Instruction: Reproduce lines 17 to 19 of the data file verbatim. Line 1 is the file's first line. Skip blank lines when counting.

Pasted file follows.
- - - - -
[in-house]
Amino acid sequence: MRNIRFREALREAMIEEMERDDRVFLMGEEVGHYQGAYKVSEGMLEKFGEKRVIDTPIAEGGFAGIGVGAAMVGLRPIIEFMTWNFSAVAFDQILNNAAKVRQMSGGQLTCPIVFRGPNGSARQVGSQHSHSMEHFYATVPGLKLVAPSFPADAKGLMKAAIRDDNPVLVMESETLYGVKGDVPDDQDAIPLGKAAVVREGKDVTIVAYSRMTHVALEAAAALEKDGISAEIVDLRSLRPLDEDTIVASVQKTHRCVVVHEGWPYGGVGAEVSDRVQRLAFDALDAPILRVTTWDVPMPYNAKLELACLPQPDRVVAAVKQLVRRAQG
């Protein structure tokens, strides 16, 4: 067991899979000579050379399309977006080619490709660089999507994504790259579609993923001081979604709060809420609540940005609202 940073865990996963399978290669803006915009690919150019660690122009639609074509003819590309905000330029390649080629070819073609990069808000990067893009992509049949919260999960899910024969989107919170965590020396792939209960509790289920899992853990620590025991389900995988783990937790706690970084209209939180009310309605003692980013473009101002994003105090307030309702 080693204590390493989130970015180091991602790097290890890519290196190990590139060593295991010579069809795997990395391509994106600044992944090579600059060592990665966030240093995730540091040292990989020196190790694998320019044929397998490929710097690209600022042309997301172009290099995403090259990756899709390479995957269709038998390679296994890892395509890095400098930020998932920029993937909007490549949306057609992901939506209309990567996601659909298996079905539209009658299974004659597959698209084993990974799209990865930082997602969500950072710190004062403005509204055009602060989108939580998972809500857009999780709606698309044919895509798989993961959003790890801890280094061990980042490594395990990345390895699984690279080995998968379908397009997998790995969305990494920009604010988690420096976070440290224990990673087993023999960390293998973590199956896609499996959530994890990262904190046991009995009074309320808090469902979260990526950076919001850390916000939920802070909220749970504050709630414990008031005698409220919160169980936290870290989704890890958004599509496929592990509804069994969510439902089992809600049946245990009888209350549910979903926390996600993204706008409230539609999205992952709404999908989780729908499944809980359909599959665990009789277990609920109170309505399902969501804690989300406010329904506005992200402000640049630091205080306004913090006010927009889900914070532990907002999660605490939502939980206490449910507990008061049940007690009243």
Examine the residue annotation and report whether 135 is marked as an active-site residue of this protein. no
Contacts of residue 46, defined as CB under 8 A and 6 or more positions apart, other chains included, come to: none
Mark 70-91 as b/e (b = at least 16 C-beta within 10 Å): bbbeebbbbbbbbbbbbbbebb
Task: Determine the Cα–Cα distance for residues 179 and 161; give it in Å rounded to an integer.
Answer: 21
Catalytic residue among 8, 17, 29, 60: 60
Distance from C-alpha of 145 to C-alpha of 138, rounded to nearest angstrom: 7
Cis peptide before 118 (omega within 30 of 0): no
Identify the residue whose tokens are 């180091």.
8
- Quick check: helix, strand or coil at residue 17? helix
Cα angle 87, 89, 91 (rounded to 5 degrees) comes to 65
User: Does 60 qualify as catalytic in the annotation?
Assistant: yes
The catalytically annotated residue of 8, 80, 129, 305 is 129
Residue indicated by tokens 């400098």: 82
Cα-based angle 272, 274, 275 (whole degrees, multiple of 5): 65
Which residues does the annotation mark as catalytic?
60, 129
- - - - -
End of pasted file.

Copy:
Assistant: yes
The catalytically annotated residue of 8, 80, 129, 305 is 129
Residue indicated by tokens 């400098």: 82